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University of Michigan president fired for alleged extramarital affair with subordinate

‘You can give me a private briefing,’ president told employee

The University of Michigan Board of Regents announced Saturday that they have terminated the employment of President Mark Schlissel “with cause” effective immediately.

On December 8, the board received an anonymous tip that Schlissel had been “involved in an inappropriate relationship” with an employee of the university, according to a statement emailed to the campus community Saturday evening.

“After an investigation, we learned that Dr. Schlissel, over a period of years, used his University email account to communicate with that subordinate in a manner inconsistent with the dignity and reputation of the University,” the statement read.

To maintain transparency, the board published 118 pages of messages between Schlissel and the subordinate, whose name was redacted from the documents.

The communications include an article titled “Sexual Fantasies of Everyday New Yorkers,” numerous receipts from trips and meals, and other suggestive comments.

A letter from the board to Schlissel informing him of his termination focused on sexually suggestive or otherwise inappropriate comments the university president made via email.

Among the communications highlighted by the board’s Jan 15. termination letter to Schlissel:

On July I, 2021, you exchanged emails with the subordinate using your University of Michigan email. In this exchange, she states that her “heart hurts” to which you respond “i know. mine too.”

You state that “this is my fault” and that you are “in pain too.” You finish with “I still wish I were strong enough to find a way.”

On January 9, 2021, you responded to an email from the subordinate’s official University of Michigan email address. In her email, the subordinate had said “Oh yes!” In your response you wrote: “Love it when you say that.”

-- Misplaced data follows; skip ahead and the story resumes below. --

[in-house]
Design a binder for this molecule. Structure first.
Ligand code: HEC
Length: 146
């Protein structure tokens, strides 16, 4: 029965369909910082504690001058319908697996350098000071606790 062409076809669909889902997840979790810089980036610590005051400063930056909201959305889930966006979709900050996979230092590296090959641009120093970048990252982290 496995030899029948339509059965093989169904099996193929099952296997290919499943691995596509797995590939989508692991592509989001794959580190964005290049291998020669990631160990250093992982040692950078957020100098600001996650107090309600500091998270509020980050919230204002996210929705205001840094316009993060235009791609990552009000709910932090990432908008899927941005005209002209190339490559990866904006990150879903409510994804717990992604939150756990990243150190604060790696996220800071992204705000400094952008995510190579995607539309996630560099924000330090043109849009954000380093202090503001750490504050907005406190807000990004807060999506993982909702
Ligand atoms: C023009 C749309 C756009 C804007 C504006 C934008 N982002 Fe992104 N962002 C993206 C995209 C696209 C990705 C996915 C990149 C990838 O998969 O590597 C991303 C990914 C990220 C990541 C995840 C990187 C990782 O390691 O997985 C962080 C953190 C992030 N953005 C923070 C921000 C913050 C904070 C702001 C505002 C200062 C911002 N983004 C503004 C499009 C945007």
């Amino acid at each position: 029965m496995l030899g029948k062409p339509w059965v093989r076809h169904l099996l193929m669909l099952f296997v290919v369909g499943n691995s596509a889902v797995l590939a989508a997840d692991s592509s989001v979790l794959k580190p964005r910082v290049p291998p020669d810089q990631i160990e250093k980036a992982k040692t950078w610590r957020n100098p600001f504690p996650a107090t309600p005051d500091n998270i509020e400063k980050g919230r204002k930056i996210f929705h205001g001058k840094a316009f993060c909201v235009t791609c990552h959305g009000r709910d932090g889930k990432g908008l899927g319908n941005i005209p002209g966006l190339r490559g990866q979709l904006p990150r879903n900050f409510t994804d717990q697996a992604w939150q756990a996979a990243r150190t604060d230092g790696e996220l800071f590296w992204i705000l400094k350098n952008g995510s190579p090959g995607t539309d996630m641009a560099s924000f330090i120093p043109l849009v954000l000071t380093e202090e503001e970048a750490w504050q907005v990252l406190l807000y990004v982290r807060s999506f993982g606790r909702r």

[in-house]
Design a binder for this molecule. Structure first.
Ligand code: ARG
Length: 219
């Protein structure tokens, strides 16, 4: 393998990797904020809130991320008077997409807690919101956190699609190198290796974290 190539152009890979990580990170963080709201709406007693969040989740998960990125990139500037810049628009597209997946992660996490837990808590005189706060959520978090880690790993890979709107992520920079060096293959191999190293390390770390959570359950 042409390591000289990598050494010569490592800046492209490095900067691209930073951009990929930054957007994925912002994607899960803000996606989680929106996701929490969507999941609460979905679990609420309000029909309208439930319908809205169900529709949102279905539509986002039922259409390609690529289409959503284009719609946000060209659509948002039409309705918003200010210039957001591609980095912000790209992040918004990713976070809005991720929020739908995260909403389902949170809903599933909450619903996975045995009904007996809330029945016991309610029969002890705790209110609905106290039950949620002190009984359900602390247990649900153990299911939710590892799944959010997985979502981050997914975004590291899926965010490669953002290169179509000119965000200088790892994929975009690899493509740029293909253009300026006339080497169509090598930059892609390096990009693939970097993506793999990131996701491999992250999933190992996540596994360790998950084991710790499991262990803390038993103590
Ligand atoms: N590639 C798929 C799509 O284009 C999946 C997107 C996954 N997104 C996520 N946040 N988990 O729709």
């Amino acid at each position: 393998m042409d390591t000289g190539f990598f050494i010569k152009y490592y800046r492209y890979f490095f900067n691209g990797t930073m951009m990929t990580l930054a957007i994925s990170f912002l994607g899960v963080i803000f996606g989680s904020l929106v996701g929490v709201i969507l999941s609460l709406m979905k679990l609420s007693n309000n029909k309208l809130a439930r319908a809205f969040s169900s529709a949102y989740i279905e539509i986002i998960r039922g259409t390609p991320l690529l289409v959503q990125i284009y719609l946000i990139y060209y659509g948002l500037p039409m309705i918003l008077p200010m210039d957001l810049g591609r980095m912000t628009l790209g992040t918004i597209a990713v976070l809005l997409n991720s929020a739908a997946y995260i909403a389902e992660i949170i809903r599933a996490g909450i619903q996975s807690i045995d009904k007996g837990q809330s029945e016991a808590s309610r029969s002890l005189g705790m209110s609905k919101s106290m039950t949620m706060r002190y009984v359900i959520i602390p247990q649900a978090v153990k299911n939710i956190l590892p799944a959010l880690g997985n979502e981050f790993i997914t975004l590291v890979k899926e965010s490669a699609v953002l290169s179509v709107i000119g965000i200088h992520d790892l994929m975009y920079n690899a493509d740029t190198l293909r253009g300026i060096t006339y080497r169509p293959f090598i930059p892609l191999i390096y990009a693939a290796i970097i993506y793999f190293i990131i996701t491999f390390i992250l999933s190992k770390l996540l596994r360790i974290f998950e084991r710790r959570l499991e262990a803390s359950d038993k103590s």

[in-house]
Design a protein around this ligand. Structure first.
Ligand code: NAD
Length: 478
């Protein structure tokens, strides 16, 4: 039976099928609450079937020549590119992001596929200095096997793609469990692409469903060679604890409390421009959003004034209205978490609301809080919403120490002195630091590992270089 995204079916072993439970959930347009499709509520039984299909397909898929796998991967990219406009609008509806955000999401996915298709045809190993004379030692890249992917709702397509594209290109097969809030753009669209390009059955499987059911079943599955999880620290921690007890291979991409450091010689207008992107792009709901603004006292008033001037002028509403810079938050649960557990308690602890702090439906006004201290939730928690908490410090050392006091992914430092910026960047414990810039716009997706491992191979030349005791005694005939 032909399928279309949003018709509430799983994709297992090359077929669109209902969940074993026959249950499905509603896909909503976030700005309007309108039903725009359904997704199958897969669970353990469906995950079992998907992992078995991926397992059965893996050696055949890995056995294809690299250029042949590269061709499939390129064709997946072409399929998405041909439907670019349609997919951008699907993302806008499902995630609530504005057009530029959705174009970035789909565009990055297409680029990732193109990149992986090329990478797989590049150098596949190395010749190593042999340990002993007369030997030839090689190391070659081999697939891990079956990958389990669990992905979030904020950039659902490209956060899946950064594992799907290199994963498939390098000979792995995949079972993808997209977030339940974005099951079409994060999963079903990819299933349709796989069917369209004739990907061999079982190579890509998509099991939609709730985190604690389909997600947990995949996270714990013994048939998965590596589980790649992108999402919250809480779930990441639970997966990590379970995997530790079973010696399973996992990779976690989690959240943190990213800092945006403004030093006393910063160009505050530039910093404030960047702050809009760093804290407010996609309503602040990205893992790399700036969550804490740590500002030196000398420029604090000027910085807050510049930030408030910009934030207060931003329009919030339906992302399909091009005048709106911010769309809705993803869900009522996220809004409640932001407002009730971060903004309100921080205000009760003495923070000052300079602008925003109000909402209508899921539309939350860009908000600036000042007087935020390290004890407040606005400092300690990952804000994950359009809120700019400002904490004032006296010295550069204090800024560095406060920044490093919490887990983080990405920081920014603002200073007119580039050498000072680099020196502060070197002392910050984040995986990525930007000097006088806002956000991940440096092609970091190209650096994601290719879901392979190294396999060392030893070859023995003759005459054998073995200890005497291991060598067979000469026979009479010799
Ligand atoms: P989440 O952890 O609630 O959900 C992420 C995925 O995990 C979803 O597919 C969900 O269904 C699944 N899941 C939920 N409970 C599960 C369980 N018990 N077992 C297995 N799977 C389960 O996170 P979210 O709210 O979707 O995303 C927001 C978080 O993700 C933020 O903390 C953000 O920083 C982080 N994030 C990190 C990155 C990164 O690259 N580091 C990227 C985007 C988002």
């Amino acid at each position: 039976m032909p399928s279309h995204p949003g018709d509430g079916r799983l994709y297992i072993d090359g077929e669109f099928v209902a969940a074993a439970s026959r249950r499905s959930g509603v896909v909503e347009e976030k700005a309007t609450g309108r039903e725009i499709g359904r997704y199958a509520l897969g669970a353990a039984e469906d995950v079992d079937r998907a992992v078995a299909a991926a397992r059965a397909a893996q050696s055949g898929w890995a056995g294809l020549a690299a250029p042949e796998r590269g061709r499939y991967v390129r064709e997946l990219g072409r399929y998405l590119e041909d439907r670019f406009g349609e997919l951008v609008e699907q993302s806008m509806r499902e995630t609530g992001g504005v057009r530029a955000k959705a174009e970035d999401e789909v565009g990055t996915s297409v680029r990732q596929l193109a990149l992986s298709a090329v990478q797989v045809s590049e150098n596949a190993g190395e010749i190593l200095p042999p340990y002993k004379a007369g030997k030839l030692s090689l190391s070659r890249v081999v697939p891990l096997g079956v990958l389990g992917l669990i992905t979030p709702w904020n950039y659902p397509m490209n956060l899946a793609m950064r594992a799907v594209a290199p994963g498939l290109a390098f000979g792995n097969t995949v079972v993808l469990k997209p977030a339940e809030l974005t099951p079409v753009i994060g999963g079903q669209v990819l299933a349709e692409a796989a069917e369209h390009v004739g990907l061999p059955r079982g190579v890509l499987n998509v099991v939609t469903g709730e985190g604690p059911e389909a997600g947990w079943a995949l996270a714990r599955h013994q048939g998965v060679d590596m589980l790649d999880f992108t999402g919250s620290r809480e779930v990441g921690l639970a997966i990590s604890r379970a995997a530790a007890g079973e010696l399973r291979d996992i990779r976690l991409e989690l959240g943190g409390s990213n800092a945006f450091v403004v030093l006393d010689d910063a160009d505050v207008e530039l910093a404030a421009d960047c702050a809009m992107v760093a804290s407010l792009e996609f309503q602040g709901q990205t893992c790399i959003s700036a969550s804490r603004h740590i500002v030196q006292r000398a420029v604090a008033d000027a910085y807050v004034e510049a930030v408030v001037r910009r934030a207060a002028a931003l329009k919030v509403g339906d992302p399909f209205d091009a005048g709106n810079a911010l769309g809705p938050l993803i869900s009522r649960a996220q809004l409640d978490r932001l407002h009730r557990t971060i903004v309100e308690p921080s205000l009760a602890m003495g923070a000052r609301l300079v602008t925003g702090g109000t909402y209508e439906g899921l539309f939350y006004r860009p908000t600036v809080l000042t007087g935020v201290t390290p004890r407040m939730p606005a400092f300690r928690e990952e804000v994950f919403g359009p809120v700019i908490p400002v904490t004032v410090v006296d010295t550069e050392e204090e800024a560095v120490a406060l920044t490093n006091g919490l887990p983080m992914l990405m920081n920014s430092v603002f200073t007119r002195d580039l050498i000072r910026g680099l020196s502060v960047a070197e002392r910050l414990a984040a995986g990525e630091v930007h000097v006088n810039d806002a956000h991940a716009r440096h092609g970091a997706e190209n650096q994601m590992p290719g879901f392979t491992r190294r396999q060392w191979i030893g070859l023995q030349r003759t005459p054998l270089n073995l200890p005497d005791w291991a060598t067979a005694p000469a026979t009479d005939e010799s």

On December 3, 2021, you responded to the subordinate regarding the Big Ten Championship “President’s Suite briefing Info” stating that “You can give me a private briefing.”

The letter argues that “your conduct as summarized above is particularly egregious considering your knowledge of and involvement in addressing incidents of harassment by University of Michigan personnel, and your declared commitment to work to ‘free’ the University community of sexual harassment or other improper conduct.”

The board pointed out Schlissel had previously addressed the campus community to stress the importance of “diminishing sexual harassment and misconduct” and his desire to ensure a “culture that does not accept misconduct or harassment at any level.”

In particular the board’s letter mentions the termination of former Provost Martin Philbert in 2020 for a history of campus sexual misconduct.

Schlissel’s initial five-year contract extension was set to expire in 2024, while Schlissel himself had planned to step down in 2023. Instead he is being immediately replaced by Mary Sue Coleman as interim president, the board announced. Coleman previously served as president of the University of Michigan between 2002 and 2014.

The board stated that “as has been previously communicated, we already had planned to start the search for the next President in the coming year and that process has now been accelerated.”

In her statement on her interim appointment, Coleman said that “while saddened by the circumstances, I am honored to be asked to again serve the University of Michigan.”

Schlissel’s dismissal has been largely met with approval by students. The Michigan Daily reported that over 100 students gathered in front of Schlissel’s house on Saturday night in celebration of his termination. Most students commented that they were more concerned with Schlissel’s handling of issues besides the alleged affair.

Dozens of protesters camped outside of Schlissel’s campus house in October to raise awareness for what they perceive as a lack of acknowledgment of thousands of claims of sexual abuse levied against former university physician Dr. Robert Anderson. Anderson died in 2008.

Schlissel was also the first University of Michigan president to have had a successful vote of no confidence passed against him by the faculty senate in September 2020.

Schlissel has not yet released a statement regarding his termination. He is married to Monica Schlissel, a respected environmental and energy lawyer.

Schlissel’s tenure as president has been marred by criticism as well.

Student activists have also targeted Schlissel for his refusal to immediately move toward total carbon neutrality, the disciplining of a professor in 2018 for refusing to write a letter for a student who wished to study abroad in Israel, and his strategy to reopen the University of Michigan campus in 2020 despite the Covid-19 pandemic.

MORE: $10 million buyout proposed for University of Michigan president

IMAGE: UMich Dearborn

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About the Author
Chris Coffey - University of Michigan